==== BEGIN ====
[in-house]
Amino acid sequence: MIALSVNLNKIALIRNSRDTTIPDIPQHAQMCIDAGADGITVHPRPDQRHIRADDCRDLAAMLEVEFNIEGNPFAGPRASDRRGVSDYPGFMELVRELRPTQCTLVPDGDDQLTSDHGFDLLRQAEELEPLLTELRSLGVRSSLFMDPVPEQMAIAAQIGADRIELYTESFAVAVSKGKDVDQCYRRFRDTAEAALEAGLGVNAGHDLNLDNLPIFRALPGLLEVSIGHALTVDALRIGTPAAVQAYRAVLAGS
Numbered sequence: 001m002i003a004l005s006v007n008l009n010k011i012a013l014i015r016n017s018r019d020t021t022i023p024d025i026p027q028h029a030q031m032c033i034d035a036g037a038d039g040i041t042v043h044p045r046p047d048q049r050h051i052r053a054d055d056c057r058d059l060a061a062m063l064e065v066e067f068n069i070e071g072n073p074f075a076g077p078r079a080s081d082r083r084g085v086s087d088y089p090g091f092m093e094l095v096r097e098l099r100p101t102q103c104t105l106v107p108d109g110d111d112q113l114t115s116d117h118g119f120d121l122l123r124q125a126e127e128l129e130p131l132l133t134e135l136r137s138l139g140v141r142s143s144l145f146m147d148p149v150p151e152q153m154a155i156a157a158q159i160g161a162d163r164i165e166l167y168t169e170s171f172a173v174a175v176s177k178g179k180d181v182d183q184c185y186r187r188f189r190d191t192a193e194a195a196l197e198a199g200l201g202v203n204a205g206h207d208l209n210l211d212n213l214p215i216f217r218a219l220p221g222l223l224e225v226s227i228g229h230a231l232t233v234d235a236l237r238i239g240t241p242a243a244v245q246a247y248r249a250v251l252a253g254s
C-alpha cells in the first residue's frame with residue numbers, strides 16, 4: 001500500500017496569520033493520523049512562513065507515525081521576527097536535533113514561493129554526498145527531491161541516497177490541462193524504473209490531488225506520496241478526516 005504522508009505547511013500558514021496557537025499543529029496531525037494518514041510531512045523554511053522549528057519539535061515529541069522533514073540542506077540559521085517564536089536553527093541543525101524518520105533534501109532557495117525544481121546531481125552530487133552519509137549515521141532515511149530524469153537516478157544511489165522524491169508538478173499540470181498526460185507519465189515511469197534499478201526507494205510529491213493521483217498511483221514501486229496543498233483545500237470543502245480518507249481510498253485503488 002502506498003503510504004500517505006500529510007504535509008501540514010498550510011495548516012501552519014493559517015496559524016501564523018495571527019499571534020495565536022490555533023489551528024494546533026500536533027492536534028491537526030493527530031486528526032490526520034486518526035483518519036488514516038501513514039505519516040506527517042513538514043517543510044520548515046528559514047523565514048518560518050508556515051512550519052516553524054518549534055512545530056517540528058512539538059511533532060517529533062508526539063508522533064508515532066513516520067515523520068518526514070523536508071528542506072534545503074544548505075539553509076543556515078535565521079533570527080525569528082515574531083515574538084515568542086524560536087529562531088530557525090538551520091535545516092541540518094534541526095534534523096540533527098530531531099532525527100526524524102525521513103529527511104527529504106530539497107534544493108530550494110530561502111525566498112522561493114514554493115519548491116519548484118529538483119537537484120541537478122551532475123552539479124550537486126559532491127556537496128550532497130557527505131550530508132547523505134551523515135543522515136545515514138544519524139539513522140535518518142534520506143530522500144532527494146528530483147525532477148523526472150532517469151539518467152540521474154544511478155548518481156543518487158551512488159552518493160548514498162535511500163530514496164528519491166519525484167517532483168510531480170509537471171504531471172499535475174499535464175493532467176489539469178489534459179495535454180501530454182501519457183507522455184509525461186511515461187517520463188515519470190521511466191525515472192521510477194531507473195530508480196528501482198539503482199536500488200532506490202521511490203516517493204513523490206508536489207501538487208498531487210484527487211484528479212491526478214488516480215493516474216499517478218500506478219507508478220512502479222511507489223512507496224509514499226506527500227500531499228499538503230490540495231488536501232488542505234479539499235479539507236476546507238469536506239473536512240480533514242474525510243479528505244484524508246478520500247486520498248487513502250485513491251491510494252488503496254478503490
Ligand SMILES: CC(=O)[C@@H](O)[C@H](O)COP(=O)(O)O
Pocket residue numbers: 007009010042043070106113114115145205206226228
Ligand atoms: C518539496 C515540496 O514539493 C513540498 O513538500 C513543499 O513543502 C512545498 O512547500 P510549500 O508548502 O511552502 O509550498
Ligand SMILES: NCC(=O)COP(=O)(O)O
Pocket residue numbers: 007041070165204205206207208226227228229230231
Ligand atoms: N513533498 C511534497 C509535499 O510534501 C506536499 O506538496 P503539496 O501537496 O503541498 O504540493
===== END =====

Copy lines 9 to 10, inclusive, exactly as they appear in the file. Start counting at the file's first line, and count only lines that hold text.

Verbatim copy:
Pocket residue numbers: 007041070165204205206207208226227228229230231
Ligand atoms: N513533498 C511534497 C509535499 O510534501 C506536499 O506538496 P503539496 O501537496 O503541498 O504540493